Property Offences - Credit Card Possession

This is legal information, not legal advice. If you want legal advice, call for consultation: 416-583-1510 ext. 2

Section 342(1) of the Criminal Code makes it illegal to possess a credit card that does not belong to you, or a card that you know is not rightfully in your possession, with the intent to use it unlawfully. This includes possessing stolen credit cards and counterfeit credit cards, as well as illegally using credit card data such as passwords and PINs.

The key elements of the offence of credit card possession are:

Possession: The accused person must have physical possession or control over the credit card.

Lack of Consent: The credit card must be in the possession of the accused without the consent of the cardholder or the person to whom the card was issued.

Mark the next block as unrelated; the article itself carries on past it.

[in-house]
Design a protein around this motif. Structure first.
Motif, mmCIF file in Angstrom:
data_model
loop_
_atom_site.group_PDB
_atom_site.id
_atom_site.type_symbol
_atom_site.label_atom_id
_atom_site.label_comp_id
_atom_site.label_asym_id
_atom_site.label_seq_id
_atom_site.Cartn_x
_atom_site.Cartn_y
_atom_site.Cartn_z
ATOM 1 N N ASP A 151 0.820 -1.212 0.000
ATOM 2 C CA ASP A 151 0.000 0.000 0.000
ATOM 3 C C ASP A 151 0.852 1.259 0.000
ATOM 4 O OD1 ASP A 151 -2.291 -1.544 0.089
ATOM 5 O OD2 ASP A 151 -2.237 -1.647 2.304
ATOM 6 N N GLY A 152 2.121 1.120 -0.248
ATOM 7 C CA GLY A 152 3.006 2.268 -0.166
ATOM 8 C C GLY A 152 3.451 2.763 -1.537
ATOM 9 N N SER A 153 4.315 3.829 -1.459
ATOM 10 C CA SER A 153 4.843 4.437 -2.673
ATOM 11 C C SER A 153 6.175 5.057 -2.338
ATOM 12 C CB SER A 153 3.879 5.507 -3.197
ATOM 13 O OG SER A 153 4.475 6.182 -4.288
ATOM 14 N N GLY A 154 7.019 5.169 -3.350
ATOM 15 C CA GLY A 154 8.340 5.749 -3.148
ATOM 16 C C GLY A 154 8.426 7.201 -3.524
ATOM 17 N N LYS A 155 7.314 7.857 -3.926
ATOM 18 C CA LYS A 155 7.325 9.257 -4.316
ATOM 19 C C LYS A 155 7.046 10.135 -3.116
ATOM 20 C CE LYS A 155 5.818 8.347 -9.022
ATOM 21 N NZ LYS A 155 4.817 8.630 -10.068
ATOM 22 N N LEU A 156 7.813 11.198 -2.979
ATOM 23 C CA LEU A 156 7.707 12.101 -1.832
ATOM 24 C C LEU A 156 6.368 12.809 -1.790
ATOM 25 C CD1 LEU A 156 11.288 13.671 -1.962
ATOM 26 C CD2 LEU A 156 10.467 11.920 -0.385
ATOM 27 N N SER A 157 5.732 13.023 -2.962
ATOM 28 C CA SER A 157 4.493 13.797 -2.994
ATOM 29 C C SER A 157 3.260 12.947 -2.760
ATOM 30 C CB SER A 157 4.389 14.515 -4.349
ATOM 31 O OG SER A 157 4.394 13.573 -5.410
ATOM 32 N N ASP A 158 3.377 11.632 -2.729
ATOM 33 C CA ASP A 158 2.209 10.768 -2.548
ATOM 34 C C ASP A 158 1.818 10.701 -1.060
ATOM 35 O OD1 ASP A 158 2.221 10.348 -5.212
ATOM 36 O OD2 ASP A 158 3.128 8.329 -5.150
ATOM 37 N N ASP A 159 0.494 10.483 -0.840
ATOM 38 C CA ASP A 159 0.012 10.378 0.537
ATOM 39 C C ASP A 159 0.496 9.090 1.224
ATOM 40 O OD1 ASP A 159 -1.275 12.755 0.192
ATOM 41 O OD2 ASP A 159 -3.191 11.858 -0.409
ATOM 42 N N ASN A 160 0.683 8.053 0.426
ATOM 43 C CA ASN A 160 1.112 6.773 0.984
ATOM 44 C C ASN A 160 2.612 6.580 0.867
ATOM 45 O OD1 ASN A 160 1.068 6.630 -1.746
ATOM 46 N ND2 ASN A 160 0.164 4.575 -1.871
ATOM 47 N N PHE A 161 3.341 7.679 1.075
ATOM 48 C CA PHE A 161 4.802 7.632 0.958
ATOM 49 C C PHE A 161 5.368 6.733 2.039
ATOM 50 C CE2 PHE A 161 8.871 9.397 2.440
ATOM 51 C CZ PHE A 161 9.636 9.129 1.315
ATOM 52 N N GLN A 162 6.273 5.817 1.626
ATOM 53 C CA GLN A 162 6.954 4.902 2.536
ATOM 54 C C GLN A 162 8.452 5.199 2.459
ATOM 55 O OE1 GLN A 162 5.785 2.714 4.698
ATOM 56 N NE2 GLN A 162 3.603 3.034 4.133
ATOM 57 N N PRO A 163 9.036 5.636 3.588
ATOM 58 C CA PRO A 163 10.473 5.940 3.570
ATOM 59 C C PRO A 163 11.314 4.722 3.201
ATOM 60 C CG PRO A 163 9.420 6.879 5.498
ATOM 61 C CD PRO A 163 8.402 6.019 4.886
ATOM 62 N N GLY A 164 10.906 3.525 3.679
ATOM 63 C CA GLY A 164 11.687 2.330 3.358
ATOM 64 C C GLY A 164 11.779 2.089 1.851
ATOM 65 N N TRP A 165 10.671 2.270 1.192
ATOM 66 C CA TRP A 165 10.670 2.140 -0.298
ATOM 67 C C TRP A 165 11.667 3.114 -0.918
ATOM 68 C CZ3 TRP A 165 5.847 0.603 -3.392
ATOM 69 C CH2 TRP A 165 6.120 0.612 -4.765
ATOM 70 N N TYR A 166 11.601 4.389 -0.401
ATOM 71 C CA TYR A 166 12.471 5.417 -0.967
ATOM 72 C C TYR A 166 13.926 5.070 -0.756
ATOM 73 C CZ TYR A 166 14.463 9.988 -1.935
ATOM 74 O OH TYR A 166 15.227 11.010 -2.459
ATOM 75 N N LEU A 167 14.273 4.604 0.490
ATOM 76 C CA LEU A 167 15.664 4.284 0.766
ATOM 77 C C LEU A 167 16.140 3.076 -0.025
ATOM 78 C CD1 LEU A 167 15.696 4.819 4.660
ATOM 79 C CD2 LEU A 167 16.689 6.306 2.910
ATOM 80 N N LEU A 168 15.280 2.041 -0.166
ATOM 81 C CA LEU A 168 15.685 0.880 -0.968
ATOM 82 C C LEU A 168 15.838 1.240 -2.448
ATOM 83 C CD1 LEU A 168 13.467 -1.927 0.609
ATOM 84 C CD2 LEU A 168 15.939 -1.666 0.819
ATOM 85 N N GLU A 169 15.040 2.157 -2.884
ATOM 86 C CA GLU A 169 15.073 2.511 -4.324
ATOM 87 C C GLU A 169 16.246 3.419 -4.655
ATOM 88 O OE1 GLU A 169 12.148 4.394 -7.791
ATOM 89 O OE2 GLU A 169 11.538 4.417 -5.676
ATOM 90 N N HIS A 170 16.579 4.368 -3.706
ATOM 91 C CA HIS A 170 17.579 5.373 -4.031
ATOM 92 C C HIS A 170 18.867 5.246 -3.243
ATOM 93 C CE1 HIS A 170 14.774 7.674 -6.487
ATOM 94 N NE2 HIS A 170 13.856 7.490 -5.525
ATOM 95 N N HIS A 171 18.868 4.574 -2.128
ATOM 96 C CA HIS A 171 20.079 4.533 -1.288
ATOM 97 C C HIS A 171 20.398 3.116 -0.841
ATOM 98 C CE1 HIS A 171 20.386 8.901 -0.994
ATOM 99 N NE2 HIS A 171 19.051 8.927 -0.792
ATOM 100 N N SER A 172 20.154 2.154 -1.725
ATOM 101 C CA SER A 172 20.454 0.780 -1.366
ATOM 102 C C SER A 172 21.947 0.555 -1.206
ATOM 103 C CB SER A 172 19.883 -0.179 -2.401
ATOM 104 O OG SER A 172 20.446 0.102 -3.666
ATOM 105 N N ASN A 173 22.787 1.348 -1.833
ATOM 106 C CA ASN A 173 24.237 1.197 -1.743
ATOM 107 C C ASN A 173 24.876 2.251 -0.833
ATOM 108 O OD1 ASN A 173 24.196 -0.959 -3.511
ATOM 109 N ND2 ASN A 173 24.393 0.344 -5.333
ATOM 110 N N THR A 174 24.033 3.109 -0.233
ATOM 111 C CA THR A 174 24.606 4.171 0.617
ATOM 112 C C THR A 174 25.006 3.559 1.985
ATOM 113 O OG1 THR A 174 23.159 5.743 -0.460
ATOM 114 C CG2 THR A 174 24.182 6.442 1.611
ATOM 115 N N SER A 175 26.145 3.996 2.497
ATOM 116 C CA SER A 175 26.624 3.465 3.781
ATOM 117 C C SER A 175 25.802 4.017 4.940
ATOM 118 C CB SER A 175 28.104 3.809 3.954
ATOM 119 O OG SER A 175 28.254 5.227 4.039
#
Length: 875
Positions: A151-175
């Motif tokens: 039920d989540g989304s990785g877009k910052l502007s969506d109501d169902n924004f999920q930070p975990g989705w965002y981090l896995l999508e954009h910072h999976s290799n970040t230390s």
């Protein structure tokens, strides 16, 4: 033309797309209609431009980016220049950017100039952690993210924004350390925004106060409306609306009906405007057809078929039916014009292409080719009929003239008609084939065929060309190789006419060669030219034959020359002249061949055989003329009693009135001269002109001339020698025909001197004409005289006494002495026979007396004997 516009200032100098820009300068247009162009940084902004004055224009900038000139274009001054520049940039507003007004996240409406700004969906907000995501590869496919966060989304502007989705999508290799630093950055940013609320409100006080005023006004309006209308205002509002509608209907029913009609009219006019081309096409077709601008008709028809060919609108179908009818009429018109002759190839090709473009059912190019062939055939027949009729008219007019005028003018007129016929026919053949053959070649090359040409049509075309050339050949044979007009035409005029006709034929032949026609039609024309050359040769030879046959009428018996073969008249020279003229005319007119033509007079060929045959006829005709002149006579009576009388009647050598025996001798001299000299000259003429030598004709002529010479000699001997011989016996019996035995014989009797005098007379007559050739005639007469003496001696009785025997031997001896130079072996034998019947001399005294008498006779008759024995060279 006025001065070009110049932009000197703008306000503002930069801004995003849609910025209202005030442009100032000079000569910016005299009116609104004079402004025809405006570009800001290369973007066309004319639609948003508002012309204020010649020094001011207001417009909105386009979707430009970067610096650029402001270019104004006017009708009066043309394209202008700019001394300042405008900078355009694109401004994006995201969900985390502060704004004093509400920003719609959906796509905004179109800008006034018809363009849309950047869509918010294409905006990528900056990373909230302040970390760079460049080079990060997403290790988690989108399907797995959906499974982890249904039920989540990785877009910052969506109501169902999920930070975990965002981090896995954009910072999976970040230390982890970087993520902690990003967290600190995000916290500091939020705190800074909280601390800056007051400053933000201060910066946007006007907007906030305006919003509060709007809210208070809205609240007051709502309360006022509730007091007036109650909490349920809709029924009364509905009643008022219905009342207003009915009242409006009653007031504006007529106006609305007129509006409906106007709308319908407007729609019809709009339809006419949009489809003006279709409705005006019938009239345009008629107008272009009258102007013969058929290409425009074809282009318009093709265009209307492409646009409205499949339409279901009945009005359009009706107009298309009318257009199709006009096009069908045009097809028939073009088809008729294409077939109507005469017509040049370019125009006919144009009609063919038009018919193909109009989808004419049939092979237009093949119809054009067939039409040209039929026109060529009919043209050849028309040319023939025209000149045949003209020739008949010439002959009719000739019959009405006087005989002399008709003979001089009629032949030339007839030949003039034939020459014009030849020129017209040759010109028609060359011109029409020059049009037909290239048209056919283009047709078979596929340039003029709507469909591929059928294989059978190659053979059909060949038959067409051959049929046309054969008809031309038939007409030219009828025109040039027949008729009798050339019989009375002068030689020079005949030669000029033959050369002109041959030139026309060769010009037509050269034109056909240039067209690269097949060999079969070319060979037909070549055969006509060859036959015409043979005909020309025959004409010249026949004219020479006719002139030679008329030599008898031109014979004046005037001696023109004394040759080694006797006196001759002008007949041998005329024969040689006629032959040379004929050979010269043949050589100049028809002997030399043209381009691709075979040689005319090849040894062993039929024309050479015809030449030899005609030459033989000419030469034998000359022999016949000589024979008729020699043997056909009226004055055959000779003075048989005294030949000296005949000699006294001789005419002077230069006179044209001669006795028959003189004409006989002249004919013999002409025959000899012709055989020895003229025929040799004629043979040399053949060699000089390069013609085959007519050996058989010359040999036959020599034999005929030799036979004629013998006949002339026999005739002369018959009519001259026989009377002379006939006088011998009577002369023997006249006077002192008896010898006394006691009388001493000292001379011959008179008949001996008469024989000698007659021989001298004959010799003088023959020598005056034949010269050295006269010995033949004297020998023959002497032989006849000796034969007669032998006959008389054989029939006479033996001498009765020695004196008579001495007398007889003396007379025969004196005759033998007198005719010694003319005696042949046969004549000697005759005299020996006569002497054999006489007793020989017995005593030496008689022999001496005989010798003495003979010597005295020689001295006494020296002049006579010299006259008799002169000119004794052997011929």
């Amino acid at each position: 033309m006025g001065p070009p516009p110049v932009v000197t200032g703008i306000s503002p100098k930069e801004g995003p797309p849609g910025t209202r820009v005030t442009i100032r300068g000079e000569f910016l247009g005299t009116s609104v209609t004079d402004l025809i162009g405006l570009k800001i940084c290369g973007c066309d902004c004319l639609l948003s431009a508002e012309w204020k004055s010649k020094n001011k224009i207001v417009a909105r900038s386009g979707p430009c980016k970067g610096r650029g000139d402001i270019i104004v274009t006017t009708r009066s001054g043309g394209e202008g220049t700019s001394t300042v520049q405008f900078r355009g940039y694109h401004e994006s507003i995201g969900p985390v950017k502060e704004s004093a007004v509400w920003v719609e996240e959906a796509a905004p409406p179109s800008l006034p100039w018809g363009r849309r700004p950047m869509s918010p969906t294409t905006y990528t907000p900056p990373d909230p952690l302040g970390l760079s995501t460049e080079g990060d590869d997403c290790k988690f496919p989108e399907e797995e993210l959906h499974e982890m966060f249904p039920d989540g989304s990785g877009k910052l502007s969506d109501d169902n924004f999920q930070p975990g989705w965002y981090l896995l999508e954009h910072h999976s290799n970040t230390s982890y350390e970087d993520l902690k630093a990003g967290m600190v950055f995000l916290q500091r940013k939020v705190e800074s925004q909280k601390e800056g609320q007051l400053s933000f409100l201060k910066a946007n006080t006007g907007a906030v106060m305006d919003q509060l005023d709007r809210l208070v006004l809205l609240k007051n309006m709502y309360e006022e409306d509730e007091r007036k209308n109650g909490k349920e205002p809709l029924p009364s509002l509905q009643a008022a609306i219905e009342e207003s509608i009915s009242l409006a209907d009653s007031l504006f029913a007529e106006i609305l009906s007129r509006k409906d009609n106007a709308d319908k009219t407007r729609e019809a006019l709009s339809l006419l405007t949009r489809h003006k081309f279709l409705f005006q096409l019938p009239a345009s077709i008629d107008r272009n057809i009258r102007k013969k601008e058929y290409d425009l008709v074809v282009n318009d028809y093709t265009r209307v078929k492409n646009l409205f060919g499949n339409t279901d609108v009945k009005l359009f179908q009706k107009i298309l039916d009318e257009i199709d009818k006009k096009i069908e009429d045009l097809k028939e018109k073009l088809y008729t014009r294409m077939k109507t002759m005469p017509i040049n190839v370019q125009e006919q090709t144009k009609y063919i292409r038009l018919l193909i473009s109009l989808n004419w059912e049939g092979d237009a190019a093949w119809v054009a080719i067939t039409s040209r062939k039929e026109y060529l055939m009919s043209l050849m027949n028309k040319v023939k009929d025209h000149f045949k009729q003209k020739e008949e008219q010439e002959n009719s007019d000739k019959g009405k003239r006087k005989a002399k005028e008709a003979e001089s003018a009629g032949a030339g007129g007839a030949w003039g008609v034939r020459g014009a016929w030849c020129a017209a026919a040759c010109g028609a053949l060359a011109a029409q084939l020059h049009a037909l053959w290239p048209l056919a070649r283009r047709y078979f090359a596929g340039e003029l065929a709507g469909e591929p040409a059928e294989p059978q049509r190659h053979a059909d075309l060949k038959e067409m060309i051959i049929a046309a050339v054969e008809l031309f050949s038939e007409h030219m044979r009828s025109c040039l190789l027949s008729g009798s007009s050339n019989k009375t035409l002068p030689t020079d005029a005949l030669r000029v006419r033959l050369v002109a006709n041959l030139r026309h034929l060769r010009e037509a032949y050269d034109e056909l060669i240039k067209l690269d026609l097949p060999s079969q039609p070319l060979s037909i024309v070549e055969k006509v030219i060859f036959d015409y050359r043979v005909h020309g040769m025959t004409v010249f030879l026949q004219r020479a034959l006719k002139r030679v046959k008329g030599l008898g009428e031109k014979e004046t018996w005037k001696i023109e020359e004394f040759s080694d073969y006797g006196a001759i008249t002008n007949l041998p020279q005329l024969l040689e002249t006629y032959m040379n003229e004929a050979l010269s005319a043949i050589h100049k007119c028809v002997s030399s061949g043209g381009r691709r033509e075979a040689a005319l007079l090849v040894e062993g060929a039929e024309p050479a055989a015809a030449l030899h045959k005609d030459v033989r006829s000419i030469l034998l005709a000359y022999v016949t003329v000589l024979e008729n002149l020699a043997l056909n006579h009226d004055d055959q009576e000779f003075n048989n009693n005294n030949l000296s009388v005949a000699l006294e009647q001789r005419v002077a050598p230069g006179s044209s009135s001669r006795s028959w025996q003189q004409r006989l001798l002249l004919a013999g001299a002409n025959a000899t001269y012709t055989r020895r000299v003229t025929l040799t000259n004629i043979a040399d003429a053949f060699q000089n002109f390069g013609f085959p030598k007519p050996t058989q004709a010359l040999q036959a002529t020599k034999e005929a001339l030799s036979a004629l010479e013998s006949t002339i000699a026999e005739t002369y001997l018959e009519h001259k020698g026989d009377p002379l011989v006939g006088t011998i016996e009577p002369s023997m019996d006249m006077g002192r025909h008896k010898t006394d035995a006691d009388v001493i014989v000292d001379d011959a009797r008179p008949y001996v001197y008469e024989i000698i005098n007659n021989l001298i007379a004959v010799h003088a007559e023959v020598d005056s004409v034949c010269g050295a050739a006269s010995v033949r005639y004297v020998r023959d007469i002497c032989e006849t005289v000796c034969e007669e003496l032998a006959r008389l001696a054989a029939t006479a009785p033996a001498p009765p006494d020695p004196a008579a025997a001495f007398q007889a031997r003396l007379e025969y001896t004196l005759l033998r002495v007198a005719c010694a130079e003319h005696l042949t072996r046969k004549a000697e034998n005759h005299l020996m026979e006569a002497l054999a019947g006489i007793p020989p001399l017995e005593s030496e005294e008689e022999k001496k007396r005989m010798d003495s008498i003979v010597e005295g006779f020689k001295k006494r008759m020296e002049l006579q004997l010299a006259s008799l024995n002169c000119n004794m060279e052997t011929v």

Intent to Use Unlawfully: The accused must possess the credit card with the intent to use it for fraudulent or unlawful purposes.

Penalties for this offence can vary depending on whether the prosecution proceeds by way of indictment or summary conviction. If prosecuted by indictment, the maximum penalty is imprisonment for up to ten years. If prosecuted summarily, the penalties may be less severe.

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